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'Boogaloo' Associated Militia Members Accused Of Obstructing Probe Into Killing Of Oakland Federal Officer

SAN FRANCISCO (CBS SF) -- Four members of a militia group identifying with the extremist "boogaloo" movement have been charged with obstructing the investigation into the murder of a federal officer last year in Oakland.

A federal grand jury indicted Jessie Alexander Rush, Robert Jesus Blancas, Simon Sage Ybarra, and Kenny Matthew Miksch, all members of the California Grizzly Scouts, a militia group based in Northern California.

The four were charged with conspiring to obstruct justice by destroying communications and other records related to the May 29, 2020 shooting death of Federal Protective Service officer David Patrick Underwood at the Oakland federal building. The indictment also charges Rush with an additional count of obstruction of official proceedings and Blancas with an additional count of destruction of records in official proceedings.

The indictment was filed March 23 and unsealed on Friday, announced Acting U.S. Attorney for the Northern District of California Stephanie Hinds and FBI Special Agent in Charge Craig Fair.

.According to the complaint, members of the Grizzly Scouts, including Rush, 29 of Turlock; Blancas, 33, a transient Bay Area resident; Ybarra, 23, of Los Gatos; and Miksh, 21 of San Lorenzo, communicated with each other on WhatsApp referencing the boogaloo movement and the killing of police officers and other law enforcement. The term "boogaloo" refers to a politically motivated civil war or uprising against the government.

Boogaloo militia-linked suspect Steven Carrillo is charged in Underwood's murder and the attempted murder of another officer working with Underwood. He is also charged with the murder of Santa Cruz County Sheriff's Sgt. Damon Gutzwiller and attempted murder of other deputies in an ambush on June 6, 2020 in the mountain community of Ben Lomond.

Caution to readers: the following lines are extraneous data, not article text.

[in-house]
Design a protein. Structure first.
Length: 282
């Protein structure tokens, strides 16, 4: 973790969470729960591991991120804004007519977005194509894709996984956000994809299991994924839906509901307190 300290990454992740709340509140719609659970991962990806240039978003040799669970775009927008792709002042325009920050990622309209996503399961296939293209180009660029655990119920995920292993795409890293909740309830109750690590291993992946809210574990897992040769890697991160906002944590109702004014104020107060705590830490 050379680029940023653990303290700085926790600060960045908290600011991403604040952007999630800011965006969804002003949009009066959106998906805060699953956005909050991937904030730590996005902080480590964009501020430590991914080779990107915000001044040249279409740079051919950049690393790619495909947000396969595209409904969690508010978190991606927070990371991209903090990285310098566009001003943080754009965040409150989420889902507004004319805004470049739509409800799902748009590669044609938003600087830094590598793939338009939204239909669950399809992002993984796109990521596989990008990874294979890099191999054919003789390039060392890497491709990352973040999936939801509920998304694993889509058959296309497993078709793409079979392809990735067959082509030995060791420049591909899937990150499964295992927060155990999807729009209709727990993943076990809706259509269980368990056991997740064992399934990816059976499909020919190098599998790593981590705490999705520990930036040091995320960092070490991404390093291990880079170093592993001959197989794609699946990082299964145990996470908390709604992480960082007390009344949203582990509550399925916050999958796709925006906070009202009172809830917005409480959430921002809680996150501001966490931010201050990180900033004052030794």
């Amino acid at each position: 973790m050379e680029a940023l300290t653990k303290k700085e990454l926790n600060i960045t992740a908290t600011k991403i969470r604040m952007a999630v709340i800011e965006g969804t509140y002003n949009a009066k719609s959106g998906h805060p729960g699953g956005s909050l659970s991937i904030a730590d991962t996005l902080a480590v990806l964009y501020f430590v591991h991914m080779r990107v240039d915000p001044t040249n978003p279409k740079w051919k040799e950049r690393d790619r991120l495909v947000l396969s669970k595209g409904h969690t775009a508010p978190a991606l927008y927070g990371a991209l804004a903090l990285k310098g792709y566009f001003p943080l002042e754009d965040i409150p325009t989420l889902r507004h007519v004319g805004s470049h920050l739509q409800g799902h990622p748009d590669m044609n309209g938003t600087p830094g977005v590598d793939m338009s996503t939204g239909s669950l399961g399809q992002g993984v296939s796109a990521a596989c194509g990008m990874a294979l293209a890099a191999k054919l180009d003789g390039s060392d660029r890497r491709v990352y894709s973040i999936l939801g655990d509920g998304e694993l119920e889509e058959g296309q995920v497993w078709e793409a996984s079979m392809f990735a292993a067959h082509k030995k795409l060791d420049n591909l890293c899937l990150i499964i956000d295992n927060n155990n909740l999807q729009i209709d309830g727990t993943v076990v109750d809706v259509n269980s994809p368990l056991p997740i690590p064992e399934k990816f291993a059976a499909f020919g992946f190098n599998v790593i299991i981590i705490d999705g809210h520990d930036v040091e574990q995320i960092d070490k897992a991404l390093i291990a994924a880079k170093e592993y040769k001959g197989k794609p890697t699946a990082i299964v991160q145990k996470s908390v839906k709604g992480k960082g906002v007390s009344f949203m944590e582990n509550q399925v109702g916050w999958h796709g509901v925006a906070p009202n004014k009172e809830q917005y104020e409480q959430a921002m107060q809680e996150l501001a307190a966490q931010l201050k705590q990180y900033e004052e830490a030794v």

The complaint alleges that on the day of Gutzwiller's killing, a member of the Grizzly Scouts exchanged messages on the WhatsApp group with other Grizzly Scouts, in which that member allegedly told the group that he was preparing to engage in a shoot-out with law enforcement. The member allegedly asked the other Grizzly Scouts to come to his aid.

The indictment alleges Rush immediately instructed the Grizzly Scout member to delete evidence on his phone. Less than an hour after the shooting in Ben Lomond, Blancas also allegedly deleted files related to the Grizzly Scouts from a Dropbox account.

Within hours of the shooting, members of the Grizzly Scouts including Rush, Blancas, Ybarra, and Miksch allegedly began to reconnect on an alternative communications application, and the four defendants each deleted records of the WhatsApp group communications from their phones, including previous discussions about targeting law enforcement, the complaint alleged.

Ybarra made his initial court appearance on Thursday while Rush and Miksch were scheduled to appear in federal court in San Francisco on Friday.

Blancas was scheduled to make his initial appearance on April 12. Blancas is also facing separate federal charges of enticing a minor to engage in sexual activity.

If convicted, the defendants each face a maximum statutory penalty of up to 20 years in prison and a fine of $250,000 for each of the conspiracy, obstruction, and destruction charges.

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